have spun highly reflective fibers by layering
the right materials in plastic. The fibers
could lead to optical barcodes that can be
woven into clothes and currency. They could
eventually herald more efficient fiber-optic
flashes fire up nanotubes
Camera flashes have been known to trigger movie
stars' tempers. It turns out they can have a truly
incendiary effect -- on carbon nanotubes.
force powers microslide
Scientists have found that you can get something
for nothing as long as you don't expect much. This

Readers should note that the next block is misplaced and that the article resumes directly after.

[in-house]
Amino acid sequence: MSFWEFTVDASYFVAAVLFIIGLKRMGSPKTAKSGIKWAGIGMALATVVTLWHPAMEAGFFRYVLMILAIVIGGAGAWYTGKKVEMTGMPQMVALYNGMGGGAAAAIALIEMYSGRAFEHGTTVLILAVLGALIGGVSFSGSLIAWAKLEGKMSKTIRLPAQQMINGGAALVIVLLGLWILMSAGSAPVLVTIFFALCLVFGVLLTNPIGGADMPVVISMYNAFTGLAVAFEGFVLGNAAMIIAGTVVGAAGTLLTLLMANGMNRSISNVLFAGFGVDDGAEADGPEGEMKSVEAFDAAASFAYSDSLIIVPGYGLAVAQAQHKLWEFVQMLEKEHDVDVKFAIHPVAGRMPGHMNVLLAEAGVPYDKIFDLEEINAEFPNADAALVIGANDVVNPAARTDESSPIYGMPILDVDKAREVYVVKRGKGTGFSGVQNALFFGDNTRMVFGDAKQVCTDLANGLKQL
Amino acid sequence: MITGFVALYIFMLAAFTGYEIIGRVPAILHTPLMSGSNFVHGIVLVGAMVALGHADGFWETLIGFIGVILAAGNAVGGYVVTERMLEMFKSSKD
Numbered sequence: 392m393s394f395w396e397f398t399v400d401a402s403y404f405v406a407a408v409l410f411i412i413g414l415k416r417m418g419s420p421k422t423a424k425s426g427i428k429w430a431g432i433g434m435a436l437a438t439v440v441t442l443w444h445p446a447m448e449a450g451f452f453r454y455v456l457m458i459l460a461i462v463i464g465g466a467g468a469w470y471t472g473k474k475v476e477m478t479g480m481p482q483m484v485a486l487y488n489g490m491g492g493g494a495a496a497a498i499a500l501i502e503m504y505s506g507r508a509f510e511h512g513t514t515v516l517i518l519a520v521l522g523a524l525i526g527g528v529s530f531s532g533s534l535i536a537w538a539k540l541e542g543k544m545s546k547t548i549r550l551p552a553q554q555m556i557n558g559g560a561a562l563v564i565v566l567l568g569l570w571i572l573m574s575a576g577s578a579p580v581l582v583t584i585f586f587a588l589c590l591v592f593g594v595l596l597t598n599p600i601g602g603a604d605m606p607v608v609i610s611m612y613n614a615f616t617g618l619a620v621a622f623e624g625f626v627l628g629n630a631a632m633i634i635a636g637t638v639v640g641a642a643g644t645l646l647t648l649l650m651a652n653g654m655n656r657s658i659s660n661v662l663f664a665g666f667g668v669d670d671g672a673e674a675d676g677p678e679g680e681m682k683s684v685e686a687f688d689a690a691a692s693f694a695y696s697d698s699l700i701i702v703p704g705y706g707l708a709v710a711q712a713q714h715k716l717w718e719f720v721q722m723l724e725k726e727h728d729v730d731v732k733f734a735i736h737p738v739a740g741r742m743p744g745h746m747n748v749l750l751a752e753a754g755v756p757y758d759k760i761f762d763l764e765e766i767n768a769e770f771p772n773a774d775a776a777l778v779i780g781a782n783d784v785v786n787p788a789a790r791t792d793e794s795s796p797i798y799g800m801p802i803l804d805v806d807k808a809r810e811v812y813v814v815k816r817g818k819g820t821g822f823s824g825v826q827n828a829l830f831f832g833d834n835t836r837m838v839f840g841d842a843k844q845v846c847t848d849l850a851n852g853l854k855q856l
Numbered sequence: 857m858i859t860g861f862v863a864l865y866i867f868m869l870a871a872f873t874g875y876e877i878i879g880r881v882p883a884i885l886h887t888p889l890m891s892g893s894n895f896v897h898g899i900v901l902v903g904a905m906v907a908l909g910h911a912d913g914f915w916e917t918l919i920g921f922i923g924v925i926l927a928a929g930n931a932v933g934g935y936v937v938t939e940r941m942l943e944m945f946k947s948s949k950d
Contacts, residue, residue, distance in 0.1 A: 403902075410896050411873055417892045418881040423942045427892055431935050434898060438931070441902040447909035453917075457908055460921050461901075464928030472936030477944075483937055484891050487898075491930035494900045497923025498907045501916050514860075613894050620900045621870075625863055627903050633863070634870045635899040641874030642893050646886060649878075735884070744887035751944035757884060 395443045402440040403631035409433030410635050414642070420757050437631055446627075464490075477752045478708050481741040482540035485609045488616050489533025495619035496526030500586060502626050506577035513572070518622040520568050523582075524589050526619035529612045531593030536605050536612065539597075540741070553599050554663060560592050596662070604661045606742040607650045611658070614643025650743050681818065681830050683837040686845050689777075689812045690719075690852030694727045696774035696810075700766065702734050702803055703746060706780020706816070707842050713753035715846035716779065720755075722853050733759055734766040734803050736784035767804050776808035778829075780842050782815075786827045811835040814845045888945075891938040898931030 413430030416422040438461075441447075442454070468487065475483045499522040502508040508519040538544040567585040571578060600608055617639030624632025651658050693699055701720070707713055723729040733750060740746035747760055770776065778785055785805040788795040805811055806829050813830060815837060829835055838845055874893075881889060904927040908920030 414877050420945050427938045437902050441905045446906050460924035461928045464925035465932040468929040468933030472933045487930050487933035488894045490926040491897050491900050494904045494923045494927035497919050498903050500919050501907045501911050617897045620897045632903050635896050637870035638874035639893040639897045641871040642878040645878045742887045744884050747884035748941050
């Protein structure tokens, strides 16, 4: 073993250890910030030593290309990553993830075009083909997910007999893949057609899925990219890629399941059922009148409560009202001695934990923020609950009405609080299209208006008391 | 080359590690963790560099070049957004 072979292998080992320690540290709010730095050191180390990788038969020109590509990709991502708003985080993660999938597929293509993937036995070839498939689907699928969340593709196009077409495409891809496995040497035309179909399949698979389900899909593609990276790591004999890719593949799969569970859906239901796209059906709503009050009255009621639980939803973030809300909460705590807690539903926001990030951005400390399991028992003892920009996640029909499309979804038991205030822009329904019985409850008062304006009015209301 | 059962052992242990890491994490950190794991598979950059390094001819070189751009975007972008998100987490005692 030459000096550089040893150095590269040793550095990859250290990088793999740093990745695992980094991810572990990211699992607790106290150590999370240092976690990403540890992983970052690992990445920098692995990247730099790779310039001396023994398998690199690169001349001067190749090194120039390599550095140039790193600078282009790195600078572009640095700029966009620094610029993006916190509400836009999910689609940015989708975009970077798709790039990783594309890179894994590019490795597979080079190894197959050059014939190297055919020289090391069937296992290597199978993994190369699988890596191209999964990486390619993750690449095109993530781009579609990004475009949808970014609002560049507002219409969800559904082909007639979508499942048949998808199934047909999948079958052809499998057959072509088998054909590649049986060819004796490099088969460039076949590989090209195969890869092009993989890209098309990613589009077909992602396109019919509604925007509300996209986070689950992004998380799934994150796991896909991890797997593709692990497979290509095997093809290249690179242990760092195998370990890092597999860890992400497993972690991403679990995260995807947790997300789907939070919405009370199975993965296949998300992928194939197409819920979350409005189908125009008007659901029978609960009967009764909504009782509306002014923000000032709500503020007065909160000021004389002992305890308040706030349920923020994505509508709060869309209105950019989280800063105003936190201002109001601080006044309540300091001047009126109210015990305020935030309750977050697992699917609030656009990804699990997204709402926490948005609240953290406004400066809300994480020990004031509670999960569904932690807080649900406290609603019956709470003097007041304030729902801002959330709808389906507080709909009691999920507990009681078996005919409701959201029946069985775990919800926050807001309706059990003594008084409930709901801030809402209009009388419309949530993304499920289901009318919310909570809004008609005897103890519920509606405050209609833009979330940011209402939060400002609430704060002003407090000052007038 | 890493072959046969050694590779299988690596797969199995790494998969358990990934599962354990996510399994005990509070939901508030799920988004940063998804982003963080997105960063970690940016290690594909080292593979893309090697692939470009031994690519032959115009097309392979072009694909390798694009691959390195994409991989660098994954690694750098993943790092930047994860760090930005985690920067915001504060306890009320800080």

is because empty space is never truly empty. One
result could be a self-powered sliding motion for
boosts plastic magnet
Using light to strengthen a plastic magnet could
lead to better and cheaper data storage devices.
The trick is being able to do it at other than ridiculously
crystals cover glass
Metal can be coaxed to form frost-like branching
patterns on non-conducting surfaces. With the right
amount of electrical current, the patterns will
fill in, leaving a mirror-smooth coating on glass,
plastic and even Teflon.